The emergence and transformations of the world cup for the homeless: from the excitement of soccer to managerial decisions between 2003 and 2012

Michaël Attali, Jonathan Magee, Fernando Segura M Trejo

Research output: Contribution to journalArticleOtherpeer-review


An international football-soccer tournament was initiated for socially excluded homeless individuals in July 2003 and has been held ever since, growing annually in terms of size, competing delegations, media attention and corporate involvement. The aim of the paper is to analyze the initial, historical, journey of this World Cup from its conceptual formation until the end of its first decade (2003-2012). The paper looks particularly at the efforts involved in bringing the concept to life and the challenges the organizers faced before achieving the annual frequency of an event dedicated for wider social purposes. However, also discussed is the use of competitive football formats and the organization of the competition for male and female players. As the tournament has become more successful, it is argued that its overall aim of proposing tools beyond sport for homeless people has been displaced in certain ways. The management orientations, the focus on the trophies, images of excitement, and the corporate agendas have brought sensitive contradictions to its principles of inclusion.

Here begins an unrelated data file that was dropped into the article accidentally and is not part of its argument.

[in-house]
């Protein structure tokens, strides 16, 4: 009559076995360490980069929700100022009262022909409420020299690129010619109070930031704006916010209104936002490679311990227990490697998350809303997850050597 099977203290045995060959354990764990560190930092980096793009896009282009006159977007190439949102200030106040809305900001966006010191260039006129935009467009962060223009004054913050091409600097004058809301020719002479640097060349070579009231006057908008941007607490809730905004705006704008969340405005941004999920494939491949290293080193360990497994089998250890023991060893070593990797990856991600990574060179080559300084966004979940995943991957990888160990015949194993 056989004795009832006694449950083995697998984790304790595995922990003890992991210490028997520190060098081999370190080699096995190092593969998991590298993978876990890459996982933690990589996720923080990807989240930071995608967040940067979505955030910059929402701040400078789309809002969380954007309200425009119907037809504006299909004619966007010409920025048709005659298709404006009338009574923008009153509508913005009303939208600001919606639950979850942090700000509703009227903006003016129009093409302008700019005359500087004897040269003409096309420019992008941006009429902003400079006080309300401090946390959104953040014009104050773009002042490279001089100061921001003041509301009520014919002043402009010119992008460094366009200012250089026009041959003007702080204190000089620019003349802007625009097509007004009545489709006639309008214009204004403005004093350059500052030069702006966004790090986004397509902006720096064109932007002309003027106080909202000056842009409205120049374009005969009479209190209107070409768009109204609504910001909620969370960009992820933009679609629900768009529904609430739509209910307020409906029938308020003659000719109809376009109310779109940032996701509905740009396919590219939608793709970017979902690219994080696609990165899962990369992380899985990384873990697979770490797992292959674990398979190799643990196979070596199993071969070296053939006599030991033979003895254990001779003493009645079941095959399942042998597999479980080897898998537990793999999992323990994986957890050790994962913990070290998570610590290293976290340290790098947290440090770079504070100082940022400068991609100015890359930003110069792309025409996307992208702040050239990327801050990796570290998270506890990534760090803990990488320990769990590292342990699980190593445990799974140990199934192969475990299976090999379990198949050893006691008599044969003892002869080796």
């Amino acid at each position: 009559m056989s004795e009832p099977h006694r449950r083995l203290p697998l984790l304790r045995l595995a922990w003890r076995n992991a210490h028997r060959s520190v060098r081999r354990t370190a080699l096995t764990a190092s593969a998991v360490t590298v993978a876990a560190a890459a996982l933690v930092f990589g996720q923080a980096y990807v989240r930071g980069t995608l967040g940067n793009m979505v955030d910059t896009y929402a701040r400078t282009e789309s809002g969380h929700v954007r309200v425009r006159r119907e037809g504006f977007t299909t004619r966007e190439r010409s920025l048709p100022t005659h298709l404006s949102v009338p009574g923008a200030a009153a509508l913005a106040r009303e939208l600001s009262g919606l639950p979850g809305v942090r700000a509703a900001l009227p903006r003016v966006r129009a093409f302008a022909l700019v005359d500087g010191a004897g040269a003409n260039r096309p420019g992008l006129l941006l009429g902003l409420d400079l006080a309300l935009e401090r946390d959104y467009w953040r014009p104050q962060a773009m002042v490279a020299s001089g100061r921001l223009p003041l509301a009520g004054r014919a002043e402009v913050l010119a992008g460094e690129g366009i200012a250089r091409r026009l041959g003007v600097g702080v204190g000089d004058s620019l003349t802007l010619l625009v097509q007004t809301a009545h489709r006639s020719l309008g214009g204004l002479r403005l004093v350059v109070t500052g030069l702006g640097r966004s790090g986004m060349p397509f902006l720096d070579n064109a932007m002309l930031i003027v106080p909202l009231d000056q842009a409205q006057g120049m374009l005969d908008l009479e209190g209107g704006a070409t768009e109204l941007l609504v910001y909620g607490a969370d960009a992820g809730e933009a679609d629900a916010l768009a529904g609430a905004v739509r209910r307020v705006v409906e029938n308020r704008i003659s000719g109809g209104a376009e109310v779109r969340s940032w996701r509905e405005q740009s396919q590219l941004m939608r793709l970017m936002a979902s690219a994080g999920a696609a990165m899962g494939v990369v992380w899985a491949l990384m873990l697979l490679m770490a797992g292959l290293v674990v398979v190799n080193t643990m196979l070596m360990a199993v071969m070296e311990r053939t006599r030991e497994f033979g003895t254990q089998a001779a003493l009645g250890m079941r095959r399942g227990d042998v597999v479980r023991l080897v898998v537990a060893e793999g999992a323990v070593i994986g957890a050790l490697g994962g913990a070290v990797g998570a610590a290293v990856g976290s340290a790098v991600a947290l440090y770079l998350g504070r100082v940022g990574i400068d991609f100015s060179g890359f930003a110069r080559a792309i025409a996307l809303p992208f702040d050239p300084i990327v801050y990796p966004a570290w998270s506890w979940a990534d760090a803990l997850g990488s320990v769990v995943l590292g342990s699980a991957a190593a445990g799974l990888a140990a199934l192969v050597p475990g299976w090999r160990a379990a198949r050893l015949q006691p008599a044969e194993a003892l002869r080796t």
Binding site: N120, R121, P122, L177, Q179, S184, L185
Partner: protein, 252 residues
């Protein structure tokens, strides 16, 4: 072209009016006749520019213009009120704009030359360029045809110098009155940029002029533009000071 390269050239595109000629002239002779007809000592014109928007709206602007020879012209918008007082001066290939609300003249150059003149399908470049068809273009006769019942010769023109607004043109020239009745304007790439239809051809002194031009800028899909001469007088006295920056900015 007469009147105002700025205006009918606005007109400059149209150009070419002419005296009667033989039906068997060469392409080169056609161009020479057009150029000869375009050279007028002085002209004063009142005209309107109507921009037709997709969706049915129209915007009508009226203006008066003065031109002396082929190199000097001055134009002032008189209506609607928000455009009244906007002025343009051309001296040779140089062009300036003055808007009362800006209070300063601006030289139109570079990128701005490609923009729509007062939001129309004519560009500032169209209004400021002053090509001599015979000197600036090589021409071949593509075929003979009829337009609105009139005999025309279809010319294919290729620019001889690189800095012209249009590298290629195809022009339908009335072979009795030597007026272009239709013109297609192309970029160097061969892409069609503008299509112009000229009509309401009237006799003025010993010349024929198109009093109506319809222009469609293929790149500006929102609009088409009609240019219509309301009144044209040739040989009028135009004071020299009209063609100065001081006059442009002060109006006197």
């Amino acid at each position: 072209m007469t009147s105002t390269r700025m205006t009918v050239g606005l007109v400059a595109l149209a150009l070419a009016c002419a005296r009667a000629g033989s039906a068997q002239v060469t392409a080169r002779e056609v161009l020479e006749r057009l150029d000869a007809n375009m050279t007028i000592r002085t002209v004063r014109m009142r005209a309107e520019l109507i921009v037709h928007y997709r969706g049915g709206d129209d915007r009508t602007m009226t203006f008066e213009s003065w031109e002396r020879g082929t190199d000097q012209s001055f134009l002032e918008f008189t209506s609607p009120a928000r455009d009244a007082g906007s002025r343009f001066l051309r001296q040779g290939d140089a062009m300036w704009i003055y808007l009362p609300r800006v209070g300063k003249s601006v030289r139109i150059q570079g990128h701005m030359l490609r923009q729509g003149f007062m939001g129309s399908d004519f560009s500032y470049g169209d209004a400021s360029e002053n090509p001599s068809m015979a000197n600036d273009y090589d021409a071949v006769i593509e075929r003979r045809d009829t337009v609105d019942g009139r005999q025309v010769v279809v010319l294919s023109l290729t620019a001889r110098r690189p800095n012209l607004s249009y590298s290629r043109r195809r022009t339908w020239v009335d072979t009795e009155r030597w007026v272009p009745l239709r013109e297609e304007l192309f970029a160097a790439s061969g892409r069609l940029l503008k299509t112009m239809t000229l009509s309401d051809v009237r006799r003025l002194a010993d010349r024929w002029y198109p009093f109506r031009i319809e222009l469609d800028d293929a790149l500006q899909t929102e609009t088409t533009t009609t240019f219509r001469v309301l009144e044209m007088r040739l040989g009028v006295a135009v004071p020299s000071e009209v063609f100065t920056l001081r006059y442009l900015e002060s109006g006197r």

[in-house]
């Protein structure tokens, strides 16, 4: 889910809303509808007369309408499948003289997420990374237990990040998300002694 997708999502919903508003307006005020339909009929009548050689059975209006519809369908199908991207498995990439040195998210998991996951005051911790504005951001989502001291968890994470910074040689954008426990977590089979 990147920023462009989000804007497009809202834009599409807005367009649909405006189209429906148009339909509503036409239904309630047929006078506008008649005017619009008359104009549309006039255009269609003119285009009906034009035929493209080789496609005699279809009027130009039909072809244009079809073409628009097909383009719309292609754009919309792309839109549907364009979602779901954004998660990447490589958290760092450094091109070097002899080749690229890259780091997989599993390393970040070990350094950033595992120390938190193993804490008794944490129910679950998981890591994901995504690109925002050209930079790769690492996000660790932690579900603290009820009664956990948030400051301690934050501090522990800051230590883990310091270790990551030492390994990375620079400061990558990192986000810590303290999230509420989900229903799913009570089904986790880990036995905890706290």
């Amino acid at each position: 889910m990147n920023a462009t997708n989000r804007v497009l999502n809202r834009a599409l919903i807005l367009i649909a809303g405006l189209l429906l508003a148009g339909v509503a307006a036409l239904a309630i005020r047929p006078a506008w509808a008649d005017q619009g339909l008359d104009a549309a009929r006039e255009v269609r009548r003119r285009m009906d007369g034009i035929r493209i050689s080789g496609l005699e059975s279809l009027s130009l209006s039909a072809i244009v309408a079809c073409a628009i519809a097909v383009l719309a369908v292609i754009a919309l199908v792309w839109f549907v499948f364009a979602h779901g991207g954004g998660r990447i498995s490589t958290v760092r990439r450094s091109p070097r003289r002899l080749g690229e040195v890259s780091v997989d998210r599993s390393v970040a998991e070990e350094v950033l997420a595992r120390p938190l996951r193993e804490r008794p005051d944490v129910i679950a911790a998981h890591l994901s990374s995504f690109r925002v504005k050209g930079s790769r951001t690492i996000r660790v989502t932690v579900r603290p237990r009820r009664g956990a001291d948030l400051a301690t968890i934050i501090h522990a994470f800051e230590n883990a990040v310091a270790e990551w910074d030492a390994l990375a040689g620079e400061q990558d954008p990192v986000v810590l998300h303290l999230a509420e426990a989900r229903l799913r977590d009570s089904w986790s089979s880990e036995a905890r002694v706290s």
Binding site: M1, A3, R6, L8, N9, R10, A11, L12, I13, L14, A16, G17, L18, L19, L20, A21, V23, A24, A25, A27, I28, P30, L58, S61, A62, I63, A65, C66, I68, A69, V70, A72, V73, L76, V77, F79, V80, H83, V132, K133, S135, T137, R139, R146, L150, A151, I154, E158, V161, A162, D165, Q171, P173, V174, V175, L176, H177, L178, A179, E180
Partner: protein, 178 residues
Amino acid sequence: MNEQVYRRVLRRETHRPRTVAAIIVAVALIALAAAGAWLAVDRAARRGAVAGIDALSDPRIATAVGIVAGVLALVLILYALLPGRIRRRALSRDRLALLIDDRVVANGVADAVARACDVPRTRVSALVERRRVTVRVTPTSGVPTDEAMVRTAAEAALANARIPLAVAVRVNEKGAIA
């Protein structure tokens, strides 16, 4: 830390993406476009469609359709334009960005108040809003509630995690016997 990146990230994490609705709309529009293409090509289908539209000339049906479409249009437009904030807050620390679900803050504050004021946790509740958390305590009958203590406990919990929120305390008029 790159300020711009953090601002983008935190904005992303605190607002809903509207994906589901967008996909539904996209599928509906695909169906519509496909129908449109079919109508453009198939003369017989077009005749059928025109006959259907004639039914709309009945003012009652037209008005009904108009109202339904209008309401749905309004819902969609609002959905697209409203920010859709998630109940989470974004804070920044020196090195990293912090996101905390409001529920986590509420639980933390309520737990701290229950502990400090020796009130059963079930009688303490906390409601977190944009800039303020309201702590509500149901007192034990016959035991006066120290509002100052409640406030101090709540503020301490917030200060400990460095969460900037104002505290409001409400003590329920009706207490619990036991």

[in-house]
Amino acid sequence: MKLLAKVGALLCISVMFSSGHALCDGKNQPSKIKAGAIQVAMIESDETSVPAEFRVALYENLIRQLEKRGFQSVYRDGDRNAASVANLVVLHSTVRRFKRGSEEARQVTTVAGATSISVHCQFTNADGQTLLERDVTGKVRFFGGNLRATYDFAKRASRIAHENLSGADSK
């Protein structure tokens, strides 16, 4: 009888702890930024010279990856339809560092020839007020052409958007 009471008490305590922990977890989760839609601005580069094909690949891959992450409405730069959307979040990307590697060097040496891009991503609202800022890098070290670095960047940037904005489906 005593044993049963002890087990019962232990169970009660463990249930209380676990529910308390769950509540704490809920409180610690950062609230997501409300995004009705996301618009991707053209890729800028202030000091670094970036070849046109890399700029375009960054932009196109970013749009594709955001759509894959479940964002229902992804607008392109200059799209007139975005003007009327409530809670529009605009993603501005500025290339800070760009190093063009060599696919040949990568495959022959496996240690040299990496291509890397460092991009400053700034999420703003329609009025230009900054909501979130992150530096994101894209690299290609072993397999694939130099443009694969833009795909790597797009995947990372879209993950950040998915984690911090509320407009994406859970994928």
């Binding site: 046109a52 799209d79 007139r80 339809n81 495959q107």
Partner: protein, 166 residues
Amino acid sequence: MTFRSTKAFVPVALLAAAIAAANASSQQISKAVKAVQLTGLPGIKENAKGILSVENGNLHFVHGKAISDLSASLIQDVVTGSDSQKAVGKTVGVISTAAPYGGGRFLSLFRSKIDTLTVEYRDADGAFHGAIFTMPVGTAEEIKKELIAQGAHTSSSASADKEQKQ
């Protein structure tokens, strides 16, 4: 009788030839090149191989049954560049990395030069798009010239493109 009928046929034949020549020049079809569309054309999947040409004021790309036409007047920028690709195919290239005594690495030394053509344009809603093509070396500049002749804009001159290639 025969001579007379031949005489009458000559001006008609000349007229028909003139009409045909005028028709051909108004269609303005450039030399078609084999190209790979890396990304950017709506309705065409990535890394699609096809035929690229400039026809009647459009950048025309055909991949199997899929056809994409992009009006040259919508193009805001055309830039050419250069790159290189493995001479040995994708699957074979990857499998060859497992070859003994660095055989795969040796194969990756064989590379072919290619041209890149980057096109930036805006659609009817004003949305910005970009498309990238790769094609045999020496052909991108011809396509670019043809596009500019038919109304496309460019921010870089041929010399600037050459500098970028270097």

Original languageEnglish
Pages (from-to)1111-1129
Number of pages19
JournalThe International Journal of the History of Sport
Issue number11
Publication statusPublished - 24 Jul 2018
Externally publishedYes


  • Challenges
  • Changes
  • Football
  • Homeless cup
  • Sport events
  • Trends

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